Finally Seeing the White Elephant in the Room

It is interesting now that Senator Obama is not doing as well in numerous polls, with McCain leading in several and ahead now in the electoral vote estimates, some writers are talking about the “Bradley effect” and beginning to make arguments, albeit with less data, that I have made for many months now. They still seem afraid to call this the “white racism” effect, which it actually is, but at least a few are beginning to raise the issue. (Photo: Tashland) Yet, they still do not understand just how uphill Senator Obama’s struggle really is. And they are not discussing at all the impact and significance, especially for African Americans, of a loss.

In a recent (September 25, 2008) New York Review of Books, Andrew Hacker argues a modest version of my argument about racist barriers under the vague title, “Obama: The Price of Being Black.”

After some initial discussion of voting barriers and other matters, as part of reviewing a publication on voting, he finally gets to the central problem for Senator Obama:

I’ve been careful so far not to use the word “racism.” The term itself has become an obstacle to understanding. Once white people hear it, they tend to freeze, and start listing reasons why it doesn’t apply to them. After all, most Americans admire Oprah Winfrey, like Tiger Woods, and respect Colin Powell. Yet racism persists, albeit not publicly voiced, especially in the belief that one’s own is a superior strain.

Wow! Here is one of the important analysts of “race” in the U.S., in his past work, using rare examples (which whites see as “exceptions to their race”) and backing off from calling racism what it actually is and accenting it front and center. Of course, even the word “racism” offends a great many whites. They do not wish to face the underlying reality of racial oppression in this society.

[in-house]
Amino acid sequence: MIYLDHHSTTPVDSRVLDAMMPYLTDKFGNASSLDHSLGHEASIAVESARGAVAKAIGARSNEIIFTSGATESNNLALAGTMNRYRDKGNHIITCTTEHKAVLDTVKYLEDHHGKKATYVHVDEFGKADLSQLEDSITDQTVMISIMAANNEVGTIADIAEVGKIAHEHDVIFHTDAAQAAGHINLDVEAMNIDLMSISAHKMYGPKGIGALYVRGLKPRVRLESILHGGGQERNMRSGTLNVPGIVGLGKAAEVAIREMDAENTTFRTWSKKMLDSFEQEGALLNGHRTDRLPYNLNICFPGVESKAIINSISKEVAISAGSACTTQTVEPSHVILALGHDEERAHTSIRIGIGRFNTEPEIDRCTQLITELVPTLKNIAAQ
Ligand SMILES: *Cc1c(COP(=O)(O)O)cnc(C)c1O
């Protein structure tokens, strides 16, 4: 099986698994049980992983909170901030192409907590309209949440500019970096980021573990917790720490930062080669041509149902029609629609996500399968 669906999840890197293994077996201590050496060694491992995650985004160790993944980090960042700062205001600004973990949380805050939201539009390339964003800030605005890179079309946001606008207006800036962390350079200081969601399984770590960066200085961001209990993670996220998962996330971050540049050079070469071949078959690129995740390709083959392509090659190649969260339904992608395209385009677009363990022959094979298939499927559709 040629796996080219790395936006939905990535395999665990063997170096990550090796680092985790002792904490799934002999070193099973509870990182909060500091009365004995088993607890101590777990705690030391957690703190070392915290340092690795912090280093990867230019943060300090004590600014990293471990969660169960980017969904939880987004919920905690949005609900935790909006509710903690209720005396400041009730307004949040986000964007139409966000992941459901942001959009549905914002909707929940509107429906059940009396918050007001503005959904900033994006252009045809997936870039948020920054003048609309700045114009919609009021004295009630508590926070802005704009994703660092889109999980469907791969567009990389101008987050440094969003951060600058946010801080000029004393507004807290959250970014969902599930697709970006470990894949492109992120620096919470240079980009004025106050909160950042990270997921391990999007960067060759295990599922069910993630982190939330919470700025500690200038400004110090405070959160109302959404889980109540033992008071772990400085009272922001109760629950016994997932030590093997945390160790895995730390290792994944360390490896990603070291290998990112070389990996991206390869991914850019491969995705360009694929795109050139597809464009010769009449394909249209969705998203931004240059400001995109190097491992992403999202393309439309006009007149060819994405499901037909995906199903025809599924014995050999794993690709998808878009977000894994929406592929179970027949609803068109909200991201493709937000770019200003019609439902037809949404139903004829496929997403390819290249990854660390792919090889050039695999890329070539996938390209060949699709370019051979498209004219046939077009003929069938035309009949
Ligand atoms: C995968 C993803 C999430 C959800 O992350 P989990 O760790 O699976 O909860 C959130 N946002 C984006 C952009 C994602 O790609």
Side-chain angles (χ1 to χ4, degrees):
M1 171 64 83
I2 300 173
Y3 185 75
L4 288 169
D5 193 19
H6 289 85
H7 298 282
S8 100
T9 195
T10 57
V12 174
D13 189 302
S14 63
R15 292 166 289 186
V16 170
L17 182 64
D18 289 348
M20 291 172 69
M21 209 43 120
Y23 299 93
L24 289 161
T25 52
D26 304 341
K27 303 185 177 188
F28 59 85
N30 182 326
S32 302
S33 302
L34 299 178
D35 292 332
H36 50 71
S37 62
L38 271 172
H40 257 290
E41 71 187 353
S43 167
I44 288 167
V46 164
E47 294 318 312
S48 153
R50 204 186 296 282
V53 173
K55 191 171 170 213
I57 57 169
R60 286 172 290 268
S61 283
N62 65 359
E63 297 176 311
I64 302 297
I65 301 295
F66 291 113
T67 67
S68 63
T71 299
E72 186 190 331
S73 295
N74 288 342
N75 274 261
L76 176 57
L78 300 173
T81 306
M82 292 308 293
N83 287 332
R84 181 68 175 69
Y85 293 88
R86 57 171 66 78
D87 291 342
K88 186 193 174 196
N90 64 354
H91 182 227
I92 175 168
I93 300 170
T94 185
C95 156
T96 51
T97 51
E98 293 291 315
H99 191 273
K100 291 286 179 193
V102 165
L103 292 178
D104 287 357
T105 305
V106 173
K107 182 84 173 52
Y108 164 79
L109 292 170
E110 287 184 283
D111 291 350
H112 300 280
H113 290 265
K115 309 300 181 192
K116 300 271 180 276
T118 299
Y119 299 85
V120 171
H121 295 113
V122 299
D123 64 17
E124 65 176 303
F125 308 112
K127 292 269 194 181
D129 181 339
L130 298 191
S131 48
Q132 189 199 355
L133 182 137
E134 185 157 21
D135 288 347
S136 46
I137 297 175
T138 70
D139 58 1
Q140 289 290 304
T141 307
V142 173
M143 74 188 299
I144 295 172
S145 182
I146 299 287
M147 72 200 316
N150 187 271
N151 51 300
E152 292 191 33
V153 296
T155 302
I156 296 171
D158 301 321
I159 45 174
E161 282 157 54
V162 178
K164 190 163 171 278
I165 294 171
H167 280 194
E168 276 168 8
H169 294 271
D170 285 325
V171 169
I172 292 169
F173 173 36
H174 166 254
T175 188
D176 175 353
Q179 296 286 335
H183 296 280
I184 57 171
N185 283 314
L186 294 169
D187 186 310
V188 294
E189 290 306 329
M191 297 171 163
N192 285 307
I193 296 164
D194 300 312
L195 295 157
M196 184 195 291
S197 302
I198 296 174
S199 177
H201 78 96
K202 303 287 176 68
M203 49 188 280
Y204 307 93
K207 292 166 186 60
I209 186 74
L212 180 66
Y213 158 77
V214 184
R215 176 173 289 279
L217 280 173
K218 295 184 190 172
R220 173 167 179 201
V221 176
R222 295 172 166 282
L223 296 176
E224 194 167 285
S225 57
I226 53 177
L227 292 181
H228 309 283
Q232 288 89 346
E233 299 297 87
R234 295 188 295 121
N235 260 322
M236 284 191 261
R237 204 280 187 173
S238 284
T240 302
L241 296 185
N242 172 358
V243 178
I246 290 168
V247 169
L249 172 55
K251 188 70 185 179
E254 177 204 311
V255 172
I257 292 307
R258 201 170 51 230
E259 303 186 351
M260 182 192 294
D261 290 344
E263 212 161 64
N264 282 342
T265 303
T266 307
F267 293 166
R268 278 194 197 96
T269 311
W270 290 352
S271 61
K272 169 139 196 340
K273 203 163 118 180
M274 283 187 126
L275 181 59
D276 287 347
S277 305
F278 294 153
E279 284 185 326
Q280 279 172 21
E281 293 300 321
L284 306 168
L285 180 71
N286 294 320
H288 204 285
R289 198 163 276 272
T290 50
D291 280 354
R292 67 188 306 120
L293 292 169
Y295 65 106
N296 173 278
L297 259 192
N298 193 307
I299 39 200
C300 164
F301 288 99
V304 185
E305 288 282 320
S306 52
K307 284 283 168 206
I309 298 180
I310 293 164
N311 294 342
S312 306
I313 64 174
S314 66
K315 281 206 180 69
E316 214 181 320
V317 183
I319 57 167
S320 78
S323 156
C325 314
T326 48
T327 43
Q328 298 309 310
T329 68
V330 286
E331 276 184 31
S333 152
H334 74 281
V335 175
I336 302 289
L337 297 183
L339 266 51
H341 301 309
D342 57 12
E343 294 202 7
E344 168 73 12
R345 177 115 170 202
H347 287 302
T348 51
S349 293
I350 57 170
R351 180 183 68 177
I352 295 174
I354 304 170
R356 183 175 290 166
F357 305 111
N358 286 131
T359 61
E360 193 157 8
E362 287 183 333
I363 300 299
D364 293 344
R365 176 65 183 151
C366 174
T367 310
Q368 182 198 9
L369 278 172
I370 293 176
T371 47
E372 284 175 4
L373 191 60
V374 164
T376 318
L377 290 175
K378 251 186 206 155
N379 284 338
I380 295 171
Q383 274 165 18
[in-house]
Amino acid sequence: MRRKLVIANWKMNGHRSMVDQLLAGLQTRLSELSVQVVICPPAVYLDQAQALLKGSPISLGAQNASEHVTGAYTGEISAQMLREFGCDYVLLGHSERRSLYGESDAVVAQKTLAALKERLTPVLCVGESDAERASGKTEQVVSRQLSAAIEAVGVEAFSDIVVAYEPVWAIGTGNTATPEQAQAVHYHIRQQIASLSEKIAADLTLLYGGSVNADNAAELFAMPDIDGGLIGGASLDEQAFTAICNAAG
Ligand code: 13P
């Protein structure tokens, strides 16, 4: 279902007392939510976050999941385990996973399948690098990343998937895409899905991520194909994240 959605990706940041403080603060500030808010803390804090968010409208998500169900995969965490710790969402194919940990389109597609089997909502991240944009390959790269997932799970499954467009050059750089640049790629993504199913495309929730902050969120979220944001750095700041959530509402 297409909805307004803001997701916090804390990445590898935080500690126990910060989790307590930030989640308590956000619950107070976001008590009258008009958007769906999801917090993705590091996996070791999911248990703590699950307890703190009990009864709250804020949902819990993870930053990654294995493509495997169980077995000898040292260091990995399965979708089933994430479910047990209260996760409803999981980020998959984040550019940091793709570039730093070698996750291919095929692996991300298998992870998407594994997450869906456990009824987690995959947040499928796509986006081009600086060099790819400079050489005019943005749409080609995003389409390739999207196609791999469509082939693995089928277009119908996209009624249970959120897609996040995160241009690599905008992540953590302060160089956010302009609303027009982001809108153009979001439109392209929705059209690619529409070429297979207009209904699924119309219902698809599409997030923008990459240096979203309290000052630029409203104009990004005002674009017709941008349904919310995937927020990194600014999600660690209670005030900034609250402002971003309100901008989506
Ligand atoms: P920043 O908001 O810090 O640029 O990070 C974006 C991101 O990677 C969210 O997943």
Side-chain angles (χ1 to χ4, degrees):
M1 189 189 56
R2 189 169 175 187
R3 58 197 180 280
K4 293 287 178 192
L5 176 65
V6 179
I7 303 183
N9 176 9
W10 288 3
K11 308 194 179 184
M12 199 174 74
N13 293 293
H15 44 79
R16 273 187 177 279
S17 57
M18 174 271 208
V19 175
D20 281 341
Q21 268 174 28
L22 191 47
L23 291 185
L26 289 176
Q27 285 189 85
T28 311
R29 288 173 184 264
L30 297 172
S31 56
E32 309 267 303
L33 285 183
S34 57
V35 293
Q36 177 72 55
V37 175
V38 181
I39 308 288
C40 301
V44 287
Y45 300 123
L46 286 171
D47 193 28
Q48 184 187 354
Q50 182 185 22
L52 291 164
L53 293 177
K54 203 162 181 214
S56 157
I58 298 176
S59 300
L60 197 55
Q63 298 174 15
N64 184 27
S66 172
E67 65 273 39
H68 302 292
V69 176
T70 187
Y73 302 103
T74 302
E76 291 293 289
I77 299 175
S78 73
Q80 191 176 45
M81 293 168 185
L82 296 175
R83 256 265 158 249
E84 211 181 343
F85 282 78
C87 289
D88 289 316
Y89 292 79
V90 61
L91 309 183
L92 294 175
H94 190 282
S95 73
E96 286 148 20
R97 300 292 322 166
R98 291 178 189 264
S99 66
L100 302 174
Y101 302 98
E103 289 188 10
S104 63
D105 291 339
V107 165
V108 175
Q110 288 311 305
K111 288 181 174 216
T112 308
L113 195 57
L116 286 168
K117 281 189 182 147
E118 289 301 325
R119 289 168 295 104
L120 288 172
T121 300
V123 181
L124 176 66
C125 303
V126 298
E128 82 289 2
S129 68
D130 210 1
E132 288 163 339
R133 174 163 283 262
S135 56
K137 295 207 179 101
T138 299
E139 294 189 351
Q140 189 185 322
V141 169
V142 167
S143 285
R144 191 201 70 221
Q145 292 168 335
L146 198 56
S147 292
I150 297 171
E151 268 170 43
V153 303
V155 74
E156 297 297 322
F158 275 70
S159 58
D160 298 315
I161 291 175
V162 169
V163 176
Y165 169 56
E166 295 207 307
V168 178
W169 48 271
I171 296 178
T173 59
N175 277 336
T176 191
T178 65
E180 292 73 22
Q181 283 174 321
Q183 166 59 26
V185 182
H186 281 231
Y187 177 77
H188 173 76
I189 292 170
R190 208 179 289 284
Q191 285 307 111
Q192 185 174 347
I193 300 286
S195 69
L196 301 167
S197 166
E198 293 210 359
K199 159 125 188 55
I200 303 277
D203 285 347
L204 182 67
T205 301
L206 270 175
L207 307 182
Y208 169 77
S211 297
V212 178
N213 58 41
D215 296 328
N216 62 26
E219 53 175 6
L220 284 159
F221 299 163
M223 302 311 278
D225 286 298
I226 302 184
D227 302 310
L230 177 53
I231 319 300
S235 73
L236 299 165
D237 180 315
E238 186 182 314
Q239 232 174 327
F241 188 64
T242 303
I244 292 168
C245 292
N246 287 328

Then Hacker buys into “whites are now less racist” argument:

… not many whites regard Barack Obama as their inferior; effete or arrogant perhaps, but they don’t fault him on intellect. To some, indeed, he may seem too much the intellectual. Resentment of perceived black privilege is also involved, as we have seen with respect to affirmative action, and even fear of some kind of racial payback. Over half of a largely white sample told a Rasmussen poll that they feel Obama continues to share at least some of Reverend Jeremiah Wright’s positions on America.

Of course, many whites see Obama as their inferior, their racial inferior on numerous dimensions. And the poll cited makes that very clear. A white majority think Dr. Wright was a “dangerous black man” who “hates America,” and that is certainly inferiority for a great many whites. This hostile view of Black men, by the way, is nearly 400 years old now in this country, yet scholars and analysts seem reluctant to even call it out. Then Hacker cites polls:

… in an ABC News /Washington Post poll in June, 20 percent of the whites who responded said a candidate’s race would factor heavily in their vote, while 30 percent admitted to feelings of racial prejudice. If the Bradley Effect was at work, as many as one third of the voters may count race as important.

We see in the polls just how huge the barrier is for Obama, for presidential candidates usually win by less that 8 or so percentage points. A good point, but Hacker’s analysis seems very odd–that is, for a leading social scientist of racial issues like him not to pay attention in an important review for the general public to the substantial research data which show quite clearly that a majority of whites today, including a majority of young well-educated whites, still think and talk in very racist, blatantly racist terms, about African Americans.